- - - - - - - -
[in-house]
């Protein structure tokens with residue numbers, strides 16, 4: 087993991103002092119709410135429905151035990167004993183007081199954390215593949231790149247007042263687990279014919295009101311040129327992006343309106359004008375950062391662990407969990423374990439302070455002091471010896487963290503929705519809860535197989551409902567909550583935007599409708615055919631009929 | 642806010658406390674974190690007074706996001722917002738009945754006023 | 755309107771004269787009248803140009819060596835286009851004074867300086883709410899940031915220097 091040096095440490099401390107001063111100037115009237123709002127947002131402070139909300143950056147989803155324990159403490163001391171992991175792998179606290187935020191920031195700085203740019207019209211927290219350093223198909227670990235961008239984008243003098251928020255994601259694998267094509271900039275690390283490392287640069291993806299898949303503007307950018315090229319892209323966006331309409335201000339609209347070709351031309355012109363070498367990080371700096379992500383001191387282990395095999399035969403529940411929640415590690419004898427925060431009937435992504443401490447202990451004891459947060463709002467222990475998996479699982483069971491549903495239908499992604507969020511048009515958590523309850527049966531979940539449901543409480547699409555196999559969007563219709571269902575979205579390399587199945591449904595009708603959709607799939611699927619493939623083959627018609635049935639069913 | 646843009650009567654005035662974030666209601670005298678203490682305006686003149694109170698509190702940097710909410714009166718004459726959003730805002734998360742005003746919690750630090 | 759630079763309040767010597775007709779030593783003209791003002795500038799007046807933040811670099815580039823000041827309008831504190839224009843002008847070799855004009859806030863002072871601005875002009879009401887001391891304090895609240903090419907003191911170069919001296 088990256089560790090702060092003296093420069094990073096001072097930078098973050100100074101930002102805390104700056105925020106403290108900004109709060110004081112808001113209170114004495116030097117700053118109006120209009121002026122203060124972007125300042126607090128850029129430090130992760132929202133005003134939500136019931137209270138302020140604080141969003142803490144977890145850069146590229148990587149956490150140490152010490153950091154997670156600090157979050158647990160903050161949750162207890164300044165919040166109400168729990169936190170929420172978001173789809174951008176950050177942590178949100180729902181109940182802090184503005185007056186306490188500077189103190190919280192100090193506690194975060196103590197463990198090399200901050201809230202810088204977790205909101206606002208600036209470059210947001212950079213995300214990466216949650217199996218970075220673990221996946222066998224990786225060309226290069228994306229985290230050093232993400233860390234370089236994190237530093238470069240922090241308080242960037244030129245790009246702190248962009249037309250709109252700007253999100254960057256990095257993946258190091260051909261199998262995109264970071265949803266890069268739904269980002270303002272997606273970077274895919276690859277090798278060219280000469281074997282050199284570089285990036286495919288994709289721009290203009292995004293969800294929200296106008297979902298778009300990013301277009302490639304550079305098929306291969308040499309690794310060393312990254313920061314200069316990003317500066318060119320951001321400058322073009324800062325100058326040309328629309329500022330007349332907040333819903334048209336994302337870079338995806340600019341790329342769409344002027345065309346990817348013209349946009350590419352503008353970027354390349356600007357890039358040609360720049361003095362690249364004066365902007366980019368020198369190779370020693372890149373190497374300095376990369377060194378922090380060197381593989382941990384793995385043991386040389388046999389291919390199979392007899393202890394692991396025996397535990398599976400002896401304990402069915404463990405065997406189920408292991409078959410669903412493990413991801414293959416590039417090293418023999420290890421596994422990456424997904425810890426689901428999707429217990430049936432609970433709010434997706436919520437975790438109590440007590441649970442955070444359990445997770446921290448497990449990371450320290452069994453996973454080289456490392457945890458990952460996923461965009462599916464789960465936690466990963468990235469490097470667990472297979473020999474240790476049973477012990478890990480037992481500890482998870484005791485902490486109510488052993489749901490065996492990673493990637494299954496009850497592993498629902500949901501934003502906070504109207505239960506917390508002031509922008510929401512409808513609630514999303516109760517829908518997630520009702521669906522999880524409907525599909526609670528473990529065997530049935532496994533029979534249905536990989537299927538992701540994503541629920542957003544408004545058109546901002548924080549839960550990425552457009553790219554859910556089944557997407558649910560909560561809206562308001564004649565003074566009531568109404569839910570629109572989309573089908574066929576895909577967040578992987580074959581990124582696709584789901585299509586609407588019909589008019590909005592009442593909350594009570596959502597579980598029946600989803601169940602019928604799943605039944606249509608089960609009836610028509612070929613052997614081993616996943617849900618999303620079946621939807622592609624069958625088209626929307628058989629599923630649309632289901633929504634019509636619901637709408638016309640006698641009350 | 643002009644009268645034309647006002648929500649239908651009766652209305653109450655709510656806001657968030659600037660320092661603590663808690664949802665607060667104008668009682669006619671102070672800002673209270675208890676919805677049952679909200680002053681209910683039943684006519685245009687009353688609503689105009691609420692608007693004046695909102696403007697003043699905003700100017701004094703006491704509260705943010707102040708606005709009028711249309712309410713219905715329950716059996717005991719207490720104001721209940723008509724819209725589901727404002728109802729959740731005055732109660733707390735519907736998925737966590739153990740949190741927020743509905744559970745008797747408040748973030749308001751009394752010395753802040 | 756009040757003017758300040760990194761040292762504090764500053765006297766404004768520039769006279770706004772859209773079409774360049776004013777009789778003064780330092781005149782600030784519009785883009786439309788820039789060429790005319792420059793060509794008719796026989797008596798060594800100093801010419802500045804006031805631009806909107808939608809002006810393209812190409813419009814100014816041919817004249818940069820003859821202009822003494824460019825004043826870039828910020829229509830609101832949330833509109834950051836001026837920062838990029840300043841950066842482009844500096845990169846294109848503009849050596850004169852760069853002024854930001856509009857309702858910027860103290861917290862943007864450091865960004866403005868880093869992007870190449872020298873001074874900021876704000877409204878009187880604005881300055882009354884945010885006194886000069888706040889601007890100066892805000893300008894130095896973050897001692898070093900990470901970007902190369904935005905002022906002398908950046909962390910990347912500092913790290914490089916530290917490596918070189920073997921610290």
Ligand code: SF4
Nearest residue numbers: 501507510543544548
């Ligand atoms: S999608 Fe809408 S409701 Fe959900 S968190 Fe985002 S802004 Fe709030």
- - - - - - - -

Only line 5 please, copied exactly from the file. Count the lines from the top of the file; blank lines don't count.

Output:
């Ligand atoms: S999608 Fe809408 S409701 Fe959900 S968190 Fe985002 S802004 Fe709030």